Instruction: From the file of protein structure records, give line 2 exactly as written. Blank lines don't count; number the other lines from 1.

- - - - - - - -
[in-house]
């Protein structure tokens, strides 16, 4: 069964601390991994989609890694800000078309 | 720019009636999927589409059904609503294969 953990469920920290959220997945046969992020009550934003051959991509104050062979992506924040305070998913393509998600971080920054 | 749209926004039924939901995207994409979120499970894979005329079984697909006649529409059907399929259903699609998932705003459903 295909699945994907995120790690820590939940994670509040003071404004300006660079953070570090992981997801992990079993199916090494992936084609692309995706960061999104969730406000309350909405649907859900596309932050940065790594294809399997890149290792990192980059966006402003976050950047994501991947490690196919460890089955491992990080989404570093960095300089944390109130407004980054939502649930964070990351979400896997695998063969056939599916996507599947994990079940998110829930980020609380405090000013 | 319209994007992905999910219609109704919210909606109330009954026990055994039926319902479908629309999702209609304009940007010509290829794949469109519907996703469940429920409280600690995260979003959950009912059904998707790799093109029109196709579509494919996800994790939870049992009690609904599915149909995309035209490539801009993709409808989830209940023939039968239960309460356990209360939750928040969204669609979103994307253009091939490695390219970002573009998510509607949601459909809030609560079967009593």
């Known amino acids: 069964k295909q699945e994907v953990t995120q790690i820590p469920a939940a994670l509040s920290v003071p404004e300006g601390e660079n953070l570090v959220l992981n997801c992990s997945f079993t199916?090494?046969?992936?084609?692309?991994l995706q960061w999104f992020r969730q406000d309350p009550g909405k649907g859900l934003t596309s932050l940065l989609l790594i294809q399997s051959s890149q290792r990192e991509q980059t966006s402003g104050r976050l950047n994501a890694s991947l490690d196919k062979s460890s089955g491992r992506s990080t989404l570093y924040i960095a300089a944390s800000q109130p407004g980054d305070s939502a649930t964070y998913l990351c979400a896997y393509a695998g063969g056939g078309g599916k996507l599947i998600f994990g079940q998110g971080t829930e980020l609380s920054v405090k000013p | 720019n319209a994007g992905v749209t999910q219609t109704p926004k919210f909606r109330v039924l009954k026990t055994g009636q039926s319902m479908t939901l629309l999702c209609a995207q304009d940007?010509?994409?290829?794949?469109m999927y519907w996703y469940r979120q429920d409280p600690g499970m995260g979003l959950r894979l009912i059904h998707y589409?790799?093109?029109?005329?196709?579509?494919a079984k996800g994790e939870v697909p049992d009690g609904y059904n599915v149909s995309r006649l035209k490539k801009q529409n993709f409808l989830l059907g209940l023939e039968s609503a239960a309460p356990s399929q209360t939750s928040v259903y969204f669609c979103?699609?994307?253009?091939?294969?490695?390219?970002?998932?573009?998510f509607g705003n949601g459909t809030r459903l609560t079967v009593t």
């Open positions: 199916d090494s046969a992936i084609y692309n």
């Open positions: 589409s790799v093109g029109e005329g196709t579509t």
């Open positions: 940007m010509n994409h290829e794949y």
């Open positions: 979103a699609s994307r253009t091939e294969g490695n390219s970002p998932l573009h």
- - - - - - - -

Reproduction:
């Protein structure tokens, strides 16, 4: 069964601390991994989609890694800000078309 | 720019009636999927589409059904609503294969 953990469920920290959220997945046969992020009550934003051959991509104050062979992506924040305070998913393509998600971080920054 | 749209926004039924939901995207994409979120499970894979005329079984697909006649529409059907399929259903699609998932705003459903 295909699945994907995120790690820590939940994670509040003071404004300006660079953070570090992981997801992990079993199916090494992936084609692309995706960061999104969730406000309350909405649907859900596309932050940065790594294809399997890149290792990192980059966006402003976050950047994501991947490690196919460890089955491992990080989404570093960095300089944390109130407004980054939502649930964070990351979400896997695998063969056939599916996507599947994990079940998110829930980020609380405090000013 | 319209994007992905999910219609109704919210909606109330009954026990055994039926319902479908629309999702209609304009940007010509290829794949469109519907996703469940429920409280600690995260979003959950009912059904998707790799093109029109196709579509494919996800994790939870049992009690609904599915149909995309035209490539801009993709409808989830209940023939039968239960309460356990209360939750928040969204669609979103994307253009091939490695390219970002573009998510509607949601459909809030609560079967009593």